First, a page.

Sunday, April 02, 2017

Ragnar Lodbrok, an Odinic Hero-Some Initial Thoughts

This brief article was inspired by a reading of Wulf Ingessunu's interesting essay The ALU-ULA Runic Mystery, published in Odin's Lore. The Magick & Symbolism of the Runes, edited by Troy Southgate (Black Front Press, 2017). I only wish to comment on one small aspect of his essay.
Wulf makes reference to Ragnar Lodbrok and how in the excellent Television series The Vikings (currently being shown on Blaze Freeview channel) Ragnar is guided by the Will of Odin to go westward towards England, ostensibly to plunder and pillage but Odin is guiding him to embark upon a holy crusade against the xtianised Anglo-Saxons who have abandoned the Gods of their fathers.

It is most clear from just a cursory study of the Viking raids that plunder and pillage were not the only factors that drew them but a desire for revenge against the militant alien desert religion which had already invaded the Germanic lands and was making advances towards Scandinavia. This era should be considered as a noble attempt by our Scandinavian brothers in waging a holy war against the semitic demiurge who in the guise of another alien religion is threatening our continent today. Indeed one should also view WW II in the same way, a holy war of Wotan against the demiurge. The Wehrmacht and indeed the Waffen SS should be considered as latter day 'Vikings', taking their vengeance on the forces of involution and the spiritual and racial decay caused by the triumph of xtianity in the 'west'.

The very first record of a Viking raid recorded in the Anglo-Saxon Chronicles is for the year 793 CE:

"Here were dreadful forewarnings come over the land of Northumbria, and woefully terrified the people: these were amazing sheets of lightning and whirlwinds, and fiery dragons were seen flying in the sky. A great famine soon followed these signs, and shortly after in the same year, on the sixth day before the ides of January, the woeful inroads of heathen men destroyed god’s church in Lindisfarne island by fierce robbery and slaughter."

It should be noted here that the target of these Vikings' wrath was the priory on Lindisfarne off the coast of Northumberland. Interestingly the xtian scribes who wrote the Chronicles also seem to place this raid in the context of a divine judgement being visited upon the xtianised English and certainly the prelude to this very first raid were great signs in the heavens, signs which are more relevant to the Gods Odin and Thor than the xtian god. The xtian church had robbed the heathen English of their Gods, the same Gods worshiped by the Vikings but with different names: Woden, Thunor, Tiw, Frige, Baeldag, etc. This vengeance therefore was aimed primarily at the church and the leaders of the English folk who had betrayed the people that they were divinely appointed to protect, and sold them out to an alien religion: not too dissimilar to the processes at work today in England which has been betrayed by its political class and an impotent monarchy.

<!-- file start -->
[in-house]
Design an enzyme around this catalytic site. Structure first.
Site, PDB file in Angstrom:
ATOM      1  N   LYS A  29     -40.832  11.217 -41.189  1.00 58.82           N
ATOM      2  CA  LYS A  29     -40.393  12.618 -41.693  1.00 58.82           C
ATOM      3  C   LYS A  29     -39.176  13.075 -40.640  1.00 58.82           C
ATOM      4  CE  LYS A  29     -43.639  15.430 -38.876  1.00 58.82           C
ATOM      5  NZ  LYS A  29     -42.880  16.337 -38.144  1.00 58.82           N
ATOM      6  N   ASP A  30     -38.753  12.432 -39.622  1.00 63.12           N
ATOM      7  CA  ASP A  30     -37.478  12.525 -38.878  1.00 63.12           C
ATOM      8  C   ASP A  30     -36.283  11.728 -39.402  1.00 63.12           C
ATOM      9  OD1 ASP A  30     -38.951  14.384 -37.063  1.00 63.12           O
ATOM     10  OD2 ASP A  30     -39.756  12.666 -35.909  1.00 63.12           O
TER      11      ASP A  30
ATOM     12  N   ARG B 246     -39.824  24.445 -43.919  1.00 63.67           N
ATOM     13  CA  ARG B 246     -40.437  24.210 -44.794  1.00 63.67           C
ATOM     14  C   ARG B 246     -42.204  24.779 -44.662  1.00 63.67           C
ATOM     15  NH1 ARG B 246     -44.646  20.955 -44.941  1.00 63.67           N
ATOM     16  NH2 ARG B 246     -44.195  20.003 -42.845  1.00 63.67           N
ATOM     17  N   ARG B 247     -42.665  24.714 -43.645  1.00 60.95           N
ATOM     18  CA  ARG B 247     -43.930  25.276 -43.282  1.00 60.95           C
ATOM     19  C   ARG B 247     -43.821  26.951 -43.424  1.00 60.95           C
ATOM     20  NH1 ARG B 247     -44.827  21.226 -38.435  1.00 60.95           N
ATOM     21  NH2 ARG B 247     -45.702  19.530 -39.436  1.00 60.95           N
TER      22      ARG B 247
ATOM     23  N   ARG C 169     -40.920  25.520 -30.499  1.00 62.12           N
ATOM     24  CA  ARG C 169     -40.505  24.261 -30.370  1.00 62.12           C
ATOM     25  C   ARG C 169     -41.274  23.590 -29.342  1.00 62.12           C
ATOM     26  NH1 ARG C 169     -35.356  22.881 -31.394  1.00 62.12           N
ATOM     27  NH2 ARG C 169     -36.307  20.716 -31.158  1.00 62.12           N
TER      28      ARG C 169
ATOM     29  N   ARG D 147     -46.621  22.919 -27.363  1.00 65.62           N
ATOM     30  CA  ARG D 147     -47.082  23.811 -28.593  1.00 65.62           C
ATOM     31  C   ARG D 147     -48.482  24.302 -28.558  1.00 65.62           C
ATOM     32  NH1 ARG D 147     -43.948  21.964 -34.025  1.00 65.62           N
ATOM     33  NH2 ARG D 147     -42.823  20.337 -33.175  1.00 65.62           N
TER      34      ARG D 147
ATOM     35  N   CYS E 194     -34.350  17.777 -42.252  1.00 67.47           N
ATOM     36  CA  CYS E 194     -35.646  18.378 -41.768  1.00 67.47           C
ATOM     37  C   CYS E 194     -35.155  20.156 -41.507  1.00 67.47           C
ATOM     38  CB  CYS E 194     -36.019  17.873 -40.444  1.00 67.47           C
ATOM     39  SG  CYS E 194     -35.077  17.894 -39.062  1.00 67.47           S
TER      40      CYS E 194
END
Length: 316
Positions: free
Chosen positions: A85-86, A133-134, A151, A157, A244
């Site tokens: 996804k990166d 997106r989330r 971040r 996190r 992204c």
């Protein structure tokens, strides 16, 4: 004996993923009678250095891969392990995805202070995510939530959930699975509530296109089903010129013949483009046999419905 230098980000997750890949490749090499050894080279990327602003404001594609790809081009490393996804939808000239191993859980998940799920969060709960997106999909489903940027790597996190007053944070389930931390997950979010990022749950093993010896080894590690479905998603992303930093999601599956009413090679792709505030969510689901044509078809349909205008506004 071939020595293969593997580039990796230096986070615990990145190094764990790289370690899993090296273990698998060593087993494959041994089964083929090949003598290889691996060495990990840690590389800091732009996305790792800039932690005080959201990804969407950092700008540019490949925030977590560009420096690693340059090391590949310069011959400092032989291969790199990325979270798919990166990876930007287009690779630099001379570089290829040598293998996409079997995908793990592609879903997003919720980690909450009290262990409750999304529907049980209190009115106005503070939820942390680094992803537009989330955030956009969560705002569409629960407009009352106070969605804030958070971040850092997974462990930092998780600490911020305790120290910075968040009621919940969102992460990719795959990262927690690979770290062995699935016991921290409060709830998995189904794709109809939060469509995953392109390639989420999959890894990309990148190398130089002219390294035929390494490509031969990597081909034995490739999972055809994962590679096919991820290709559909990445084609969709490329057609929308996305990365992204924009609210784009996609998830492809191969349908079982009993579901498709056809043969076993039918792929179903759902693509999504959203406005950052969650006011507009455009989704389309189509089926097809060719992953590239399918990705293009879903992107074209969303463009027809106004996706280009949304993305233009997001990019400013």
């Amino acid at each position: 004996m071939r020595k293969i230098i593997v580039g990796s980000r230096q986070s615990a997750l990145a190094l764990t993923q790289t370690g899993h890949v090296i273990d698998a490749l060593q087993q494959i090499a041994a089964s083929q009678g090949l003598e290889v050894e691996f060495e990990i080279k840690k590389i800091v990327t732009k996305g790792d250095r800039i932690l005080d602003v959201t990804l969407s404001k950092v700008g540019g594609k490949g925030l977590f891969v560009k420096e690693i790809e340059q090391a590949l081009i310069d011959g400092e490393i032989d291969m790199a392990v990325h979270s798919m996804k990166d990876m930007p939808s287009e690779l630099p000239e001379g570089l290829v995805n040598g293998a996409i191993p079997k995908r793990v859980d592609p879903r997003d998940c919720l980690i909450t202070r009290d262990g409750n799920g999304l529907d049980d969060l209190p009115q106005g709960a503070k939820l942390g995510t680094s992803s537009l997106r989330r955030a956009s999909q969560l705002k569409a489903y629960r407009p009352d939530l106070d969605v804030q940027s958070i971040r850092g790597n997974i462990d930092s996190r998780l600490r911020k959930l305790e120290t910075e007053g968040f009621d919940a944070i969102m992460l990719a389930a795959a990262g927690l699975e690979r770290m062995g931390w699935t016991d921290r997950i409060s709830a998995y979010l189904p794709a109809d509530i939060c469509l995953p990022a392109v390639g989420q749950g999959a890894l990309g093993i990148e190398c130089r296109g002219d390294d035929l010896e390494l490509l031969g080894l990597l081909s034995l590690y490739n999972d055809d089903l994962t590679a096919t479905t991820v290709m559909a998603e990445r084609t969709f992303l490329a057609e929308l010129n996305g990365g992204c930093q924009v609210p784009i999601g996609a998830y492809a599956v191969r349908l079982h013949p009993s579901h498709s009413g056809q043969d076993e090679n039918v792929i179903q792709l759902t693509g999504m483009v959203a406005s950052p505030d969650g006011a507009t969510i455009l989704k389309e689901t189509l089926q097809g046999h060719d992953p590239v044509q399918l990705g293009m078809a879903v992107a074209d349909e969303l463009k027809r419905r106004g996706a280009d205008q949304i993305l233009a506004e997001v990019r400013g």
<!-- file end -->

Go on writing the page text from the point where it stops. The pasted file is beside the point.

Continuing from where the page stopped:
Also in his essay Wulf makes reference to the Einheriar being led out of Valhalla by both Woden and Ragnar Lodbrok. I am not sure why but this comment resonates with me on a deeper instinctive level and I feel that Wulf has hit upon something very important here which may be developed further. We certainly know from The Tale of Ragnar Lodbrok that he is now in Valhalla and undoubtedly as one of our greatest heroes he will take his place with Woden at Ragnarok:

“It gladdens me to know that Baldr’s father (Odin) makes ready the benches for a banquet. Soon we shall be drinking ale from the curved horns. The champion who comes into Odin’s dwelling (Valhalla) does not lament his death. I shall not enter his hall with words of fear upon my lips. The Æsir will welcome me. Death comes without lamenting. Eager am I to depart. The Dísir summon me home, those whom Odin sends for me (Valkyries) from the halls of the Lord of Hosts. Gladly shall I drink ale in the high-seat with the Æsir. The days of my life are ended. I laugh as I die.”

I have spent the last few days reflecting on the name of Ragnar and it is interesting to observe how his name is part of Ragnarok. Its meaning is 'strong counselor'. The reflection of Ragnar is Rangar. If we separate the two syllables we get ran and gar. I feel that this is significant. Gar as we know is Germanic for 'spear' and is closely associated with Woden. The term ran in Germanic has the same modern meaning and indeed the Spearhead of Kovel has the runic inscription ranja, meaning the 'runner'. Thus Rangar is the runner of the spear, or the one who wields it, representing Woden in the world of men. He thus represents both the God and His divine authority. Spears were wielded by pre-xtian Germanic kings and chieftains as symbols of their Wodenic authority and this symbolism continued after the forced conversion of the Germanic peoples. See Chapter Five Spears of Destiny in The Mysteries of the Goths by Edred Thorsson (Limited Edition, 2007, Runa-Raven Press).

I am sure that there is much more to meditate on regarding Ragnar Lodbrok but these are just some initial thoughts I had on the subject.


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